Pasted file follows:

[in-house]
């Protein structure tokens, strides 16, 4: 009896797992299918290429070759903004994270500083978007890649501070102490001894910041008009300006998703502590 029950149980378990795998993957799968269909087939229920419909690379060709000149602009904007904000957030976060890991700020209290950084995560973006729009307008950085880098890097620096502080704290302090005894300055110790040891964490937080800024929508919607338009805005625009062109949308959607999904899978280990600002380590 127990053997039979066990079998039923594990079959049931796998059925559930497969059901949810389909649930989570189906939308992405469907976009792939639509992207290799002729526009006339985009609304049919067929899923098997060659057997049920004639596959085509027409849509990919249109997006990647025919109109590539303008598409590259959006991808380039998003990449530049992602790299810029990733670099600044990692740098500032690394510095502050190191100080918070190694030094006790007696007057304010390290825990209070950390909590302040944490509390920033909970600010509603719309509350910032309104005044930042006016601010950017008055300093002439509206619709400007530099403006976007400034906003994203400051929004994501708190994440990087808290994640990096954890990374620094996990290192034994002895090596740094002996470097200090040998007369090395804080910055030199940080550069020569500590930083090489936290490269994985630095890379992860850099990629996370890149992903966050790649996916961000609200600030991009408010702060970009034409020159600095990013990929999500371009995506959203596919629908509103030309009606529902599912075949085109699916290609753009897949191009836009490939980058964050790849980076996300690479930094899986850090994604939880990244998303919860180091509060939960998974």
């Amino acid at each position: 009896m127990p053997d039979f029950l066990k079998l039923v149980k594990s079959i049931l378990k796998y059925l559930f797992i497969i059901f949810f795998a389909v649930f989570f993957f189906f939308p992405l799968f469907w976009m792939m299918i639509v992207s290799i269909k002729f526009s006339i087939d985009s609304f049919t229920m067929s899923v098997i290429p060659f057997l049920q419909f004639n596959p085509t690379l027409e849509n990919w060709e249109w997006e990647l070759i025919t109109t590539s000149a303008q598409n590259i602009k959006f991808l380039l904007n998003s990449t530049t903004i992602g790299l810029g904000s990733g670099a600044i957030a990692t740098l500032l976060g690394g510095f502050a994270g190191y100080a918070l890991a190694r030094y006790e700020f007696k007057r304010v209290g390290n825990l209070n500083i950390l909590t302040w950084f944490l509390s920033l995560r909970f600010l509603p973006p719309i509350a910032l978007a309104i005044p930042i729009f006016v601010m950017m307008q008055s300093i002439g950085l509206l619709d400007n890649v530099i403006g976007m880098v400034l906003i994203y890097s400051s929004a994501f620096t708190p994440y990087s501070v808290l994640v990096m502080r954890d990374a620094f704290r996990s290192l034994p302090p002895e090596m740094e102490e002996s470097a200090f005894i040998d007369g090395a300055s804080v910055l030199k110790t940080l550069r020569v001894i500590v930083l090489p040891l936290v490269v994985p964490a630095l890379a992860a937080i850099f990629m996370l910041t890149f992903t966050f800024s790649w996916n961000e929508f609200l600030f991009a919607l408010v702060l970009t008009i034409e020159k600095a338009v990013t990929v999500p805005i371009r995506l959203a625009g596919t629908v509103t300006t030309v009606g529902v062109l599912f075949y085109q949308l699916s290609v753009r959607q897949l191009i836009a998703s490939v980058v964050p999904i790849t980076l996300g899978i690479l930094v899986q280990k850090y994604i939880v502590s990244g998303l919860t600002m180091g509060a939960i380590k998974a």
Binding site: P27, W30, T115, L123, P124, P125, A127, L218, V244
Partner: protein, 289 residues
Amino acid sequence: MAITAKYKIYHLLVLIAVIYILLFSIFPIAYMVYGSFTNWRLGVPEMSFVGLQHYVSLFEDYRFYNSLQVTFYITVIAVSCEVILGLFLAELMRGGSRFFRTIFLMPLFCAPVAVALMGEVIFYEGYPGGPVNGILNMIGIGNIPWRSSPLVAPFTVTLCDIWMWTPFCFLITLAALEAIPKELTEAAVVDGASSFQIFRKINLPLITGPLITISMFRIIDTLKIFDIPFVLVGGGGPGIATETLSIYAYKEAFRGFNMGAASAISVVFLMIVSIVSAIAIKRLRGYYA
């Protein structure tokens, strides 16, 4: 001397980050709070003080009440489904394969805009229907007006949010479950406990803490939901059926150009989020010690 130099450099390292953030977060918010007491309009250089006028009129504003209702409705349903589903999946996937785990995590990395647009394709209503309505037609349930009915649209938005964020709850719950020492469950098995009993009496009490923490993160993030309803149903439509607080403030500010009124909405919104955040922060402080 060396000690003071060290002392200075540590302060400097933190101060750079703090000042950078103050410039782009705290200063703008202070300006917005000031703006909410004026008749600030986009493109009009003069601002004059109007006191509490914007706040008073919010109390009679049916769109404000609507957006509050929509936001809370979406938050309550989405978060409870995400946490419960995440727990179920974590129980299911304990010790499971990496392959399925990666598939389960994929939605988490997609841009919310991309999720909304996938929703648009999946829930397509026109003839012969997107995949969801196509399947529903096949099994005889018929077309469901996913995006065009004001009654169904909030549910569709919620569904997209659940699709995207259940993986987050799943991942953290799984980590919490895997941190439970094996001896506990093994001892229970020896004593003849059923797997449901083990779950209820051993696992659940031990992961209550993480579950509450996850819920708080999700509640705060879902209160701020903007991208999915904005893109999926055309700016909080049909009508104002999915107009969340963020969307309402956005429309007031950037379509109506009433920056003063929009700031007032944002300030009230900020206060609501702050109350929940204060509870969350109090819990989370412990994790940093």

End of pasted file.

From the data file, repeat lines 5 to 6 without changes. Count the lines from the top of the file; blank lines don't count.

Partner: protein, 289 residues
Amino acid sequence: MAITAKYKIYHLLVLIAVIYILLFSIFPIAYMVYGSFTNWRLGVPEMSFVGLQHYVSLFEDYRFYNSLQVTFYITVIAVSCEVILGLFLAELMRGGSRFFRTIFLMPLFCAPVAVALMGEVIFYEGYPGGPVNGILNMIGIGNIPWRSSPLVAPFTVTLCDIWMWTPFCFLITLAALEAIPKELTEAAVVDGASSFQIFRKINLPLITGPLITISMFRIIDTLKIFDIPFVLVGGGGPGIATETLSIYAYKEAFRGFNMGAASAISVVFLMIVSIVSAIAIKRLRGYYA